For at least the last year, rumor has had it that Facebook would soon require anyone who wished to message a friend through its official iPhone app to install a tertiary app, Facebook Messenger, instead.
Up until now, Facebook has held off on that threat. But as the social networking giant tries to spread its services across an entire ecosystem of apps, it looks like the House that Zuckerberg built might finally make good.
According to a new report from Techcrunch, Facebook will soon remove all messaging capabilities from the main Facebook apps.
As you probably know, you can currently message your Facebook friends on iOS through both the main app and Facebook Messenger, the social network’s dedicated messaging app.
However, do so too much, and it will try to redirect you to install the Messenger app. And if you have both apps installed, any Facebook Messages received will switch over to the Messages app to chat.
But Facebook doesn’t want to have to support messaging through two apps anymore. In a statement, Facebook said this:
“In the next few days, we’re continuing to notify more people that if they want to send and receive Facebook messages, they’ll need to download the Messenger app. As we’ve said, our goal is to focus development efforts on making Messenger the best mobile messaging experience possible and avoid the confusion of having separate Facebook mobile messaging experiences. Messenger is used by more than 200 million people every month, and we’ll keep working to make it an even more engaging way to connect with people.”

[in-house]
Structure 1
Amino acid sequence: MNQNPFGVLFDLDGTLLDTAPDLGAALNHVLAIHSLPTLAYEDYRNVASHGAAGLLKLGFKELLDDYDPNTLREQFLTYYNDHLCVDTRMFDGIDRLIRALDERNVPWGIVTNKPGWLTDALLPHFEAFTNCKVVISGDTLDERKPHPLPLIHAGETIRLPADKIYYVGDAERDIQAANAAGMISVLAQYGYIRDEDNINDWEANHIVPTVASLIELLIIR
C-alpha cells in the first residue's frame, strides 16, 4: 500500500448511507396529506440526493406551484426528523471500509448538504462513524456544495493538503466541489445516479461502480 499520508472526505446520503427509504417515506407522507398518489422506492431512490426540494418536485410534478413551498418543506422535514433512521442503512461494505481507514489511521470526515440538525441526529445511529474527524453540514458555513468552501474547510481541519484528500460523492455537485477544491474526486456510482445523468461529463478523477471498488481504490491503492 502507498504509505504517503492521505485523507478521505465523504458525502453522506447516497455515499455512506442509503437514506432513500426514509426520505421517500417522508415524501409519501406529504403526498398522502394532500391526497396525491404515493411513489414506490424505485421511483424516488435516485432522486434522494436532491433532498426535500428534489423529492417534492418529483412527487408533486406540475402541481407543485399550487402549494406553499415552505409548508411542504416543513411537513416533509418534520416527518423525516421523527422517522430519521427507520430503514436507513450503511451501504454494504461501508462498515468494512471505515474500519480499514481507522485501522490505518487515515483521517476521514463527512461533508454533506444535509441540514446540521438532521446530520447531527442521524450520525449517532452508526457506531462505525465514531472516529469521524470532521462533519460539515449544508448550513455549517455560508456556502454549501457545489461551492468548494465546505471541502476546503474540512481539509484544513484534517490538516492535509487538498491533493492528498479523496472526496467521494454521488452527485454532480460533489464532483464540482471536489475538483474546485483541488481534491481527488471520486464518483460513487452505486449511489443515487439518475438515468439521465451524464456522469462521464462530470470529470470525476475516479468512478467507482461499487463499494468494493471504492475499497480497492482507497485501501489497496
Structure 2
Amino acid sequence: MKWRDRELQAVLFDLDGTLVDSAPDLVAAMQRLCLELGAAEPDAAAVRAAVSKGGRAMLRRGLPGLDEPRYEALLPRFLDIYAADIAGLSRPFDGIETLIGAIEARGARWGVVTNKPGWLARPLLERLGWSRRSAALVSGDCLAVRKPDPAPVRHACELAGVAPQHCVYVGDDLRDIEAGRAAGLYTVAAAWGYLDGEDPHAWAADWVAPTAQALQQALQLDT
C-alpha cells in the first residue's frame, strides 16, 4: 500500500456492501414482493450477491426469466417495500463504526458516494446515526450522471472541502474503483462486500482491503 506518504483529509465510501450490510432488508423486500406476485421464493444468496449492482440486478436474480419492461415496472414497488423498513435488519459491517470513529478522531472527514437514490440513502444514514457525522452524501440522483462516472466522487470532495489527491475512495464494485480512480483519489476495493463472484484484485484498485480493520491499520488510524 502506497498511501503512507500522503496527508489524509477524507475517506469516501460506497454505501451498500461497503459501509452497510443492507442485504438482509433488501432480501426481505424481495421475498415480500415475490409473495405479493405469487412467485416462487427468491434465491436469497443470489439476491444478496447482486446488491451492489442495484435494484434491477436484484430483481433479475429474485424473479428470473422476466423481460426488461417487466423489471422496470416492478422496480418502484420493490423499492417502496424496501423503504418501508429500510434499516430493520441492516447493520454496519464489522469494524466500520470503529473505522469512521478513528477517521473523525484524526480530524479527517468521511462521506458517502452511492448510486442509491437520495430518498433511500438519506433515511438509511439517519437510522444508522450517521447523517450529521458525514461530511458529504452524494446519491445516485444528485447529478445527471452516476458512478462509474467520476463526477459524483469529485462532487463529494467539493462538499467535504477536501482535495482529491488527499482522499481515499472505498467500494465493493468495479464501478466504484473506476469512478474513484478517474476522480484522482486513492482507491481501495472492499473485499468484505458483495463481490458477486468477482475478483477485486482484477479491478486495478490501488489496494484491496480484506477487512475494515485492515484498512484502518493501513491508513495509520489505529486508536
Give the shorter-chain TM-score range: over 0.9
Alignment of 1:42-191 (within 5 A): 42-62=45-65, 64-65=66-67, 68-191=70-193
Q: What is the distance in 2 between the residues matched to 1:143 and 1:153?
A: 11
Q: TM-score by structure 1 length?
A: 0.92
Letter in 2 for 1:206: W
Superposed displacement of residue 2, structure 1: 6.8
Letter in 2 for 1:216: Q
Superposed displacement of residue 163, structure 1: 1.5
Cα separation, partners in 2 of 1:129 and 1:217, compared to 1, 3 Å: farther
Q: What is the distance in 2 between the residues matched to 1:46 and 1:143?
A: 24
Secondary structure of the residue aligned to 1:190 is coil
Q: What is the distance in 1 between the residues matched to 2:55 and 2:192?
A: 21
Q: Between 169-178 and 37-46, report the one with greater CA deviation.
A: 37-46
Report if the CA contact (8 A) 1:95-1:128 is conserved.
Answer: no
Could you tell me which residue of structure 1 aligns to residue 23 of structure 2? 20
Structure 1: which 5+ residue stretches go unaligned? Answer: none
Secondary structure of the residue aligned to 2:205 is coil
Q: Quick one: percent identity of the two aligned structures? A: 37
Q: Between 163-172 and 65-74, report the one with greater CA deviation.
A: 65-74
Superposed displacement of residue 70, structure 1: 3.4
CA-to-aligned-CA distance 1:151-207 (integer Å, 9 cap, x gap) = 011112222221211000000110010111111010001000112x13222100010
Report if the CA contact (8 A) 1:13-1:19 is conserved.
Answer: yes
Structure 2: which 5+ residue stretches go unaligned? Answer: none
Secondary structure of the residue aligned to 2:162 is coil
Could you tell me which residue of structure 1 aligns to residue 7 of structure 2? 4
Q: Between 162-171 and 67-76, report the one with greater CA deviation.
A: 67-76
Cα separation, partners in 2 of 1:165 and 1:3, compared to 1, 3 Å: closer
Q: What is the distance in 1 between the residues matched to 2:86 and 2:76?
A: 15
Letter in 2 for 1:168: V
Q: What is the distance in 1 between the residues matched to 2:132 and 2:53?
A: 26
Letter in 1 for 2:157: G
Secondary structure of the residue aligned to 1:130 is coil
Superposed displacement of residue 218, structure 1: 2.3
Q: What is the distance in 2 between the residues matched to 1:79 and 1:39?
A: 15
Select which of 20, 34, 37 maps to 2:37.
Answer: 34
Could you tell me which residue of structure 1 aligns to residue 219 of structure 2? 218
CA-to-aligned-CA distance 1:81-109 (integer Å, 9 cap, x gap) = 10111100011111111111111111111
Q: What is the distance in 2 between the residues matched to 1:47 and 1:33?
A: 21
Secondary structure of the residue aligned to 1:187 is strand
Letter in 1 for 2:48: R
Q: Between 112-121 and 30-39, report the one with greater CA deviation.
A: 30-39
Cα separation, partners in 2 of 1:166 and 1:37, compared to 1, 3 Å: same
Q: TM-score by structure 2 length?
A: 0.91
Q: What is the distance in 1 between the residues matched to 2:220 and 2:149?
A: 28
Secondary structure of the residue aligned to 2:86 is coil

Keep in mind, Facebook recently purchased WhatApp. There’s a bigger game afoot than just Facebook Messages, but to become the next default messaging platform, proper. Like AIM though — which once was America Online Instant Messenger — Facebook needs to split off its messaging app from the rest of its service to do so.
We’ll see how that works. I don’t like being messaged through Facebook period, so I will never install a dedicated Message app. But I may well be in the minority. What about you?
- Source Techcrunch